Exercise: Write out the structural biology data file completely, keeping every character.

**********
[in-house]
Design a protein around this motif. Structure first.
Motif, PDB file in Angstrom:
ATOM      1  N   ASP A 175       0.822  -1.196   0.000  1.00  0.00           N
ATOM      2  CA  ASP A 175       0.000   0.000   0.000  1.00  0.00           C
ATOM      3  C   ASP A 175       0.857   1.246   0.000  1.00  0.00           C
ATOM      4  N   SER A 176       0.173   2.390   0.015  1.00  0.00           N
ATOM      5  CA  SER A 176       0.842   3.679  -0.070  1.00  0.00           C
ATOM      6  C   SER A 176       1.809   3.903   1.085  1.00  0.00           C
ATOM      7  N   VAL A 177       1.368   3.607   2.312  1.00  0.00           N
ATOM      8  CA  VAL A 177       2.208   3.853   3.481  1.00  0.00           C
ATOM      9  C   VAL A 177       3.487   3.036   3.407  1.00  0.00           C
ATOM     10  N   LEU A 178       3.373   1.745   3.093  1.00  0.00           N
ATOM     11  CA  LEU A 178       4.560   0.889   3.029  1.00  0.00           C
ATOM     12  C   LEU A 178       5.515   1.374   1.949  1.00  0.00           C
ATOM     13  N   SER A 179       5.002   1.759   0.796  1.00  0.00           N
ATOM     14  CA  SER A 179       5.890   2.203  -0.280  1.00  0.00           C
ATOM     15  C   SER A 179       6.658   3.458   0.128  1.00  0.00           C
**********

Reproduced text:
[in-house]
Design a protein around this motif. Structure first.
Motif, PDB file in Angstrom:
ATOM      1  N   ASP A 175       0.822  -1.196   0.000  1.00  0.00           N
ATOM      2  CA  ASP A 175       0.000   0.000   0.000  1.00  0.00           C
ATOM      3  C   ASP A 175       0.857   1.246   0.000  1.00  0.00           C
ATOM      4  N   SER A 176       0.173   2.390   0.015  1.00  0.00           N
ATOM      5  CA  SER A 176       0.842   3.679  -0.070  1.00  0.00           C
ATOM      6  C   SER A 176       1.809   3.903   1.085  1.00  0.00           C
ATOM      7  N   VAL A 177       1.368   3.607   2.312  1.00  0.00           N
ATOM      8  CA  VAL A 177       2.208   3.853   3.481  1.00  0.00           C
ATOM      9  C   VAL A 177       3.487   3.036   3.407  1.00  0.00           C
ATOM     10  N   LEU A 178       3.373   1.745   3.093  1.00  0.00           N
ATOM     11  CA  LEU A 178       4.560   0.889   3.029  1.00  0.00           C
ATOM     12  C   LEU A 178       5.515   1.374   1.949  1.00  0.00           C
ATOM     13  N   SER A 179       5.002   1.759   0.796  1.00  0.00           N
ATOM     14  CA  SER A 179       5.890   2.203  -0.280  1.00  0.00           C
ATOM     15  C   SER A 179       6.658   3.458   0.128  1.00  0.00           C